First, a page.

Tuesday, 30 June 2015

Paronella Park, Innisfail

This place has been recommended to us time and time again while we have been on the road. So it was on our definite list for when we were in Queensland.

Paronella Park was built by Jose Paronella, a spainish immigrant, who came to Australia to earn his fortunes and buy land on which he could build a beautiful castle for his spainish fiancé Matilda. He left her behind in Spain and came to Queensland where he worked hard cutting sugar cane to make enough money to fulfill their dream.

When he returned to Spain 12 years later to collect his girl….. he found… she had married someone else!! Not wanting to return to Australia empty handed he instead married her younger sister and he and his new bride headed back to Innisfail to start the park.

Jose and his wife built the park as an oasis for people to come and visit. All of the buildings were built by hand by Jose himself out of concrete he made using dirt from a tunnel he fashioned in the side of a hill.  He used old railway tracks to reinforce the buildings.

Back in the 1930s life was tough, and this park provided a fairytale escape for the hard workers of far north queensland and their families. There was a grand ballroom that had dances and showed movies on a big screen. A lake to row wooden row boats, gardens with tropical plants to expore, and because it was the first place in the area to have electricity due to Jose installing hydro electricity, they were able to have power to keep icecream. Therefore the  café with Queenslands first gelato bar (made by Joses wife) was very popular. There was jazz band concerts and tennis courts and swimming. It was very before its time and very European inspired.

During World War II Paronella Park became a popular hang out for American and Australian soldiers on their break. Ever the entrepreneur he later opened the tunnel he had created in the hill as a ‘tunnel of love’ and charged the soldiers a penny to take their sweetheart into the dark tunnel for some lovin time!

Unfortunately when the park was still a work in progress, Jose got really sick and died at a young age from a lung infection. The park was left to his wife and two children. His son took over the park and finalized Jose’s dream by finishing some of the water fountains and other bits and pieces. Then, as tragic as his fathers death, Joses son also died at the young age of 38 leaving behind a wife and two children.

His wife could not cope with the place on her own. And had to sell in the early 1970s. The park was over grown and due to new attractions in the area and the Bruce Highway bypassing the park, it all closed down and sat, dormant for many years.

In 1993 a family from south Australia were travelling through the area. Having dinner at the local pub one night they heard the story of the old overgrown park and decided, on a whim to buy it.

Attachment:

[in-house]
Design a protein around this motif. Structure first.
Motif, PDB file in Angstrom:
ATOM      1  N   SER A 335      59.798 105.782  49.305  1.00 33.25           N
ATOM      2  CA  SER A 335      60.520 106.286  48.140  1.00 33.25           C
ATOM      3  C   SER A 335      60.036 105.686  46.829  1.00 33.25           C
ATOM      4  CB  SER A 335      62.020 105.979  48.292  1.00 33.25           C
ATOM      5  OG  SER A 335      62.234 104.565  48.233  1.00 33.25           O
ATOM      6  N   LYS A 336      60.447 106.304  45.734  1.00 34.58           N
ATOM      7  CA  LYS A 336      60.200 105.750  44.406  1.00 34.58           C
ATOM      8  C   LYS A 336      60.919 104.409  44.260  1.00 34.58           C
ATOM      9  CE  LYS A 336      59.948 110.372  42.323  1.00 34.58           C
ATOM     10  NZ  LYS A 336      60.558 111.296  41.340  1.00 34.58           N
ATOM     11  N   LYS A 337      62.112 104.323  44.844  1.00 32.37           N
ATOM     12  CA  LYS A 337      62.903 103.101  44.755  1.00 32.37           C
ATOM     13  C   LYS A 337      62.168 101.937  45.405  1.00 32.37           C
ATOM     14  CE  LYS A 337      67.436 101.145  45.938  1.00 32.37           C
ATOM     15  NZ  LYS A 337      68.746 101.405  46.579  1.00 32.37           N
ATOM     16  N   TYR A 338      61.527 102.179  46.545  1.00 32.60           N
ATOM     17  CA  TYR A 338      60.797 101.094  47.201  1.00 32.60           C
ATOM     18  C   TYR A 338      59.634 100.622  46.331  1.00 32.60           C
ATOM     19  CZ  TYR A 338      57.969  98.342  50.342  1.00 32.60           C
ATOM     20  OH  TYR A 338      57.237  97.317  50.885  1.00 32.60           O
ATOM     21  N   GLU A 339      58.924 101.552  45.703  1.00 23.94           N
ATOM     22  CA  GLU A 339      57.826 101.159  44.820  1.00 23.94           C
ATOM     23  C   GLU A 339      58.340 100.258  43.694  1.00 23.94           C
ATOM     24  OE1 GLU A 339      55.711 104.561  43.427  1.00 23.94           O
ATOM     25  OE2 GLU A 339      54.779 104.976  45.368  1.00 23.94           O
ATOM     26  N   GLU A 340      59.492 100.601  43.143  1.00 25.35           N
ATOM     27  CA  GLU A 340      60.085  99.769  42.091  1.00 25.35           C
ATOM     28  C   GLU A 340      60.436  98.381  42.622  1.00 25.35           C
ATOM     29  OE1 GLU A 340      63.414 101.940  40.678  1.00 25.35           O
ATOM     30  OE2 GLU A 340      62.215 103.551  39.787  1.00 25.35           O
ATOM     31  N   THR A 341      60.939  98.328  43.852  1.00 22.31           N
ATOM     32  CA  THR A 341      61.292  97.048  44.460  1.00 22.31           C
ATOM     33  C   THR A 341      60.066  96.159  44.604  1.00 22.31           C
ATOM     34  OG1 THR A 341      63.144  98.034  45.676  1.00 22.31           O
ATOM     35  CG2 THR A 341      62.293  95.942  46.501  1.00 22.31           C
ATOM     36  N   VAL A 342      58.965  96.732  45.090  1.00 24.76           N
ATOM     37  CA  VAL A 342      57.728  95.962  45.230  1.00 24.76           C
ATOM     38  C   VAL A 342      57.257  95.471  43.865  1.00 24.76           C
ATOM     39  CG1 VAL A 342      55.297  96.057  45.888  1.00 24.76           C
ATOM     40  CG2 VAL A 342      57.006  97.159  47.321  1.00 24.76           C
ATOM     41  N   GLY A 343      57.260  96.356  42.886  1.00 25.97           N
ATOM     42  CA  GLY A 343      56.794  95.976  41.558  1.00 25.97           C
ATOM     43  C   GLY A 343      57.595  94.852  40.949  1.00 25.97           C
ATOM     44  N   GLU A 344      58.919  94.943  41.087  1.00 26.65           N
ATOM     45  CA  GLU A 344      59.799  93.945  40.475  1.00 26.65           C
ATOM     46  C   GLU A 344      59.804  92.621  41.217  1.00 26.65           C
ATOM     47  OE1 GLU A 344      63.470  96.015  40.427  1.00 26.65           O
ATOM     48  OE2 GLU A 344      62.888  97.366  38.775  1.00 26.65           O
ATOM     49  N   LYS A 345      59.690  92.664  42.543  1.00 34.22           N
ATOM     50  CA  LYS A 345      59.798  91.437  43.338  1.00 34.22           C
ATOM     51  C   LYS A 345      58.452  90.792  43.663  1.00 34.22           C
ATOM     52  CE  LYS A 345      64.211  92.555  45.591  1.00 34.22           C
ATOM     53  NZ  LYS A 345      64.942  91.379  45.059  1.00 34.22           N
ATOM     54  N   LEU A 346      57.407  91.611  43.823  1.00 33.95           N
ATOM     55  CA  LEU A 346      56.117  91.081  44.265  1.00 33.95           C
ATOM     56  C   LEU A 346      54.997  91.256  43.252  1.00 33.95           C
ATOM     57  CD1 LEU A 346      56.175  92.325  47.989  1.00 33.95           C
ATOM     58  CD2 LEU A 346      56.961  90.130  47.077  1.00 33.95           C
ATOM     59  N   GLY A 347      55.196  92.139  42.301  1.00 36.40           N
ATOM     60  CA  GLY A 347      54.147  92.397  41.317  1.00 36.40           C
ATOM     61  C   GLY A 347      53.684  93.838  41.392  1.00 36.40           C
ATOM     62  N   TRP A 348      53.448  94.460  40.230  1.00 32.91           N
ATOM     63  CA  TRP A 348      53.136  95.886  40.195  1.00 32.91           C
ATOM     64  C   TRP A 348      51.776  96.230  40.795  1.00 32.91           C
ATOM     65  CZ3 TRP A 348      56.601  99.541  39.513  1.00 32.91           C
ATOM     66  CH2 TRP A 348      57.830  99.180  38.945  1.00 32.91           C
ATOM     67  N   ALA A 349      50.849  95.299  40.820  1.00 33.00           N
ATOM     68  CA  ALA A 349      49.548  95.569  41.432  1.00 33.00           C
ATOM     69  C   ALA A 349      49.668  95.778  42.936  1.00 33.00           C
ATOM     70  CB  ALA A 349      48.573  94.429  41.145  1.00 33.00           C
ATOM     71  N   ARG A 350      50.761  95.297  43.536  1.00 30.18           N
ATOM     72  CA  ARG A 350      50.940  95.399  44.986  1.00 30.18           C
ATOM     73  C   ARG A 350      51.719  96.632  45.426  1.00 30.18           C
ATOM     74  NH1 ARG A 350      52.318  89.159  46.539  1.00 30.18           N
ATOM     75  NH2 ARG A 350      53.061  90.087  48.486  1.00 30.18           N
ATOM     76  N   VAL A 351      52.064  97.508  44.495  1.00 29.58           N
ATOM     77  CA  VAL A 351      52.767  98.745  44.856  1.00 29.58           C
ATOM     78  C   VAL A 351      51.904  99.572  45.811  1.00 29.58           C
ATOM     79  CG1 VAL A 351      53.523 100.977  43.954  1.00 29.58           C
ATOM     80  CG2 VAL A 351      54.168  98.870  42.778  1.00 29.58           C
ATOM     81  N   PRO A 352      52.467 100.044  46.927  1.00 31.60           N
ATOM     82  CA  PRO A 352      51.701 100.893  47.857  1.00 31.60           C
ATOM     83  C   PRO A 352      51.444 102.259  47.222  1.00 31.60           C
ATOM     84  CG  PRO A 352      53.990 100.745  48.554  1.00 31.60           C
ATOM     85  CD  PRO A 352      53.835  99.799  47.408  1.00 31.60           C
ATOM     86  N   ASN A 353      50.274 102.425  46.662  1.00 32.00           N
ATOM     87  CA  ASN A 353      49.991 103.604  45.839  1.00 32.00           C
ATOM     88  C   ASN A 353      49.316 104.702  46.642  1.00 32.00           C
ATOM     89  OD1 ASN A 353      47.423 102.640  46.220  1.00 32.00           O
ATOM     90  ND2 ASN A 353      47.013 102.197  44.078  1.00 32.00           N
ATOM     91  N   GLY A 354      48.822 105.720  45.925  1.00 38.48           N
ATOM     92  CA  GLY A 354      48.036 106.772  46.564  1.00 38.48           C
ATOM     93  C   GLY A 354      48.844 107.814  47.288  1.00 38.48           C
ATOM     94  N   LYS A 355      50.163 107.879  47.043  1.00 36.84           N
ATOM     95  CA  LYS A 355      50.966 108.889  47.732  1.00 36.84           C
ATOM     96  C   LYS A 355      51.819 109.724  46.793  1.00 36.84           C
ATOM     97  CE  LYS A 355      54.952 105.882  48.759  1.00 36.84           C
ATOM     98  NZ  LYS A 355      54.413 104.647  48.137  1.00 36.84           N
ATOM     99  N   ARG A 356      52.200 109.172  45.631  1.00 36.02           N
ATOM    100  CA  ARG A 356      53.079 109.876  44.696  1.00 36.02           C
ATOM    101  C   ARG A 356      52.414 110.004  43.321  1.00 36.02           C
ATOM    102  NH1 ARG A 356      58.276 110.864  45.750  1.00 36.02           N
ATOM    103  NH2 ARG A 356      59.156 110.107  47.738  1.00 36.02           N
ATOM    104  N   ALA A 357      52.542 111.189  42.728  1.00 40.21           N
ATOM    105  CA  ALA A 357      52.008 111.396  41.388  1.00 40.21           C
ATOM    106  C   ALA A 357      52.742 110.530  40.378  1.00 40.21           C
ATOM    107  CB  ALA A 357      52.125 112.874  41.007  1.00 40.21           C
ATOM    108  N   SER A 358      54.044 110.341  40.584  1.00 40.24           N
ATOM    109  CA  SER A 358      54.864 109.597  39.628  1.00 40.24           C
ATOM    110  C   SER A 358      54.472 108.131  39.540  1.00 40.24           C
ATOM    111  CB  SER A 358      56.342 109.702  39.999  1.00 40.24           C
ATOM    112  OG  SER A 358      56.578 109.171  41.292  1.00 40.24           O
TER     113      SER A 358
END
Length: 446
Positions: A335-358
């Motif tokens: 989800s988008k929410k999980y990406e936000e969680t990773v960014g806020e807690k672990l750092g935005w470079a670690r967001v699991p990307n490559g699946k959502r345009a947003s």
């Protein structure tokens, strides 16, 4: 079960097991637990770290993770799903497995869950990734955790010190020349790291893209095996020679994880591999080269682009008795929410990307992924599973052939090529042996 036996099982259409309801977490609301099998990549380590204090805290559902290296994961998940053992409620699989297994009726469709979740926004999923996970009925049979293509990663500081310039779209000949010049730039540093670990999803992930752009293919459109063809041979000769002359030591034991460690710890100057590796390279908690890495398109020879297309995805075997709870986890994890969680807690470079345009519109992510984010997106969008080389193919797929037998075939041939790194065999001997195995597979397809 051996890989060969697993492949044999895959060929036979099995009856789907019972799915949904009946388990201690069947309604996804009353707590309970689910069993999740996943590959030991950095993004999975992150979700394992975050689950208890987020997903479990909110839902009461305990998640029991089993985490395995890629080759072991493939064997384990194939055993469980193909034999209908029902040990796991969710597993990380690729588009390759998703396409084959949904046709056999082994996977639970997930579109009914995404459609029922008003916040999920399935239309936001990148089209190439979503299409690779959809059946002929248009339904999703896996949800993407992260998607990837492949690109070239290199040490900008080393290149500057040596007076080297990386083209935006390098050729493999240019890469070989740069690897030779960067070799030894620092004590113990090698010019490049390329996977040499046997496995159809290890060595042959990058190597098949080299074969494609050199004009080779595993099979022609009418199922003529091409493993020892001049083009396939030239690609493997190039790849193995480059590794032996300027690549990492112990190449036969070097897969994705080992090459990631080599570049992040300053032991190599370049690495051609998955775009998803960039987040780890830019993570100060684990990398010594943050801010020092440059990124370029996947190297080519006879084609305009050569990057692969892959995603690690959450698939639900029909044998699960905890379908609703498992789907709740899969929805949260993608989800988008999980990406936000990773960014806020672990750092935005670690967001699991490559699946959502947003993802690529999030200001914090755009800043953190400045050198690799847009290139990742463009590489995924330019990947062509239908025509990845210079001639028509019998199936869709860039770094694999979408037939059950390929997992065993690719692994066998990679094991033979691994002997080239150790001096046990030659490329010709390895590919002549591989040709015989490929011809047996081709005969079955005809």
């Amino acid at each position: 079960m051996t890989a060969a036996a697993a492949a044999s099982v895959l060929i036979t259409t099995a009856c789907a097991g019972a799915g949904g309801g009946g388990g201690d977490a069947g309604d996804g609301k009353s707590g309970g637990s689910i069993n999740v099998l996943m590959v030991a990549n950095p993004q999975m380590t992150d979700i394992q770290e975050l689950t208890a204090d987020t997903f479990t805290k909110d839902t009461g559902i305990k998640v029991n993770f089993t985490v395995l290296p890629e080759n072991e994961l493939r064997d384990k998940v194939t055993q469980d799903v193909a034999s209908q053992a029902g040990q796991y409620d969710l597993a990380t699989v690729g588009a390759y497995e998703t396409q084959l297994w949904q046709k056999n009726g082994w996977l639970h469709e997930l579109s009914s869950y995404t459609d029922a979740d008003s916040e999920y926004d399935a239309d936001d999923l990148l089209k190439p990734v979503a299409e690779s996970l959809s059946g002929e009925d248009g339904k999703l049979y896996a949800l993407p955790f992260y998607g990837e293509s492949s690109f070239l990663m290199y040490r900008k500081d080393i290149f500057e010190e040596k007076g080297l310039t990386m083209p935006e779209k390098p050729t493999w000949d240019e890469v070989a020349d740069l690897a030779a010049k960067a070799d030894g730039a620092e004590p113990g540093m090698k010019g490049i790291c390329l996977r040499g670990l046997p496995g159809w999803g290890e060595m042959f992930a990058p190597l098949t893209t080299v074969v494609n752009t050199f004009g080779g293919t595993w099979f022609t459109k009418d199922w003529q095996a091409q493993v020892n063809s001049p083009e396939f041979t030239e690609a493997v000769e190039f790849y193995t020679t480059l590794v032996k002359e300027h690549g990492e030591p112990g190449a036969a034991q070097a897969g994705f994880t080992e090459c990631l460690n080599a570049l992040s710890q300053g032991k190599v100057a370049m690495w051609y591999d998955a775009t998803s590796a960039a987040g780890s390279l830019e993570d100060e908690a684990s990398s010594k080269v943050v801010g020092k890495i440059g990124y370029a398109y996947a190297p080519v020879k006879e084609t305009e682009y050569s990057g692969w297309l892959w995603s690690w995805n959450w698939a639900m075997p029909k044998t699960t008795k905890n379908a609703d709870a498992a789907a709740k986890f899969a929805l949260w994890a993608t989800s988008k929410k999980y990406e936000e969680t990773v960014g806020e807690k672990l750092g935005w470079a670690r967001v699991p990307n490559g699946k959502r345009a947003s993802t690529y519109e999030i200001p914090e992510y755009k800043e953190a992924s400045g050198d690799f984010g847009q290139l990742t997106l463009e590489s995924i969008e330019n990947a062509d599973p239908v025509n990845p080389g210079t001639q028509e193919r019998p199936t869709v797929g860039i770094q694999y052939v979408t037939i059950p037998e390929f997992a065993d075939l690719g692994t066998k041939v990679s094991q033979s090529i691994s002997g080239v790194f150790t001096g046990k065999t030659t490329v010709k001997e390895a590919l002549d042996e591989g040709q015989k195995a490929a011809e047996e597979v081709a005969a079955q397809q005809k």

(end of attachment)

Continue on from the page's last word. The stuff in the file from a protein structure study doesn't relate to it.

After several years of clean up and a $400,000 repair on the hydro electricity plant they opened the park to the public as a historical place to visit. Unfortunately the family didn’t have a lot of history on the area, apart from local gossip. So they weren’t able to offer accurate information and tours.

Then one day an old lady came to visit the park. She introduced herself to the new owners as Joses daughter! She was happy the park had reopened and was able to show them many features hidden amoung the gardens that they didn’t know existed. She also provided photographs, memorabilia and an accurate history of the park.

With all of this information, the addition of a small camping ground, a large café and the stunning grounds to show it is easy to see how this little piece of history has now become Queenslands number 1 tourist attraction.

What the place looked like in the 'olden days'

The grand ballroom. This was the venue for many a wedding back when the park was running. It burned down in 1979 so is now just for viewing 

I can't turn this pic around!! but it is of the beautiful karrie trees that are planted in the gardens. Did you know the bark of the karrie tree was the inspiration for the Australian army uniform or 'camo' as we call it 

The kids having a pic taken by the waterfall. Instead of saying cheese they had to say 'fat Amy'... inspired by pitch perfect 2 and gets them laughing!

The a grand staircase, 47 steps and all made by hand

The waterfall by day 
The waterfall by night (under spotlights)

Picnic area from the 1930s

The refreshment house by day

The refreshment house by night 
The change rooms from the 1930s. Look how small they are! goes to show how thin people were back then 

Kids and craig on the grand staircase

Moss covers everything 

Some of the lush tropical plants that make up the gardens at paronella park 

The lake which was used for recreation back in the day. Nowdays there are crocs that sometimes inhabit the area so no swimming

A view of the ballroom through the main cottage window. Kerry, are you impressed by my photograph skills??!!!

The drawbridge over the top of the waterfall, this was the original entrance to the park 

COST: $120 a family entry which includes: a day tour of the park, a night time tour of the park, a tour of the hydro electricity plant (adults only, so craig did this bit alone) and one nights free accommodation in the camp ground which was a powered site with toilets and showers plus BBQs.

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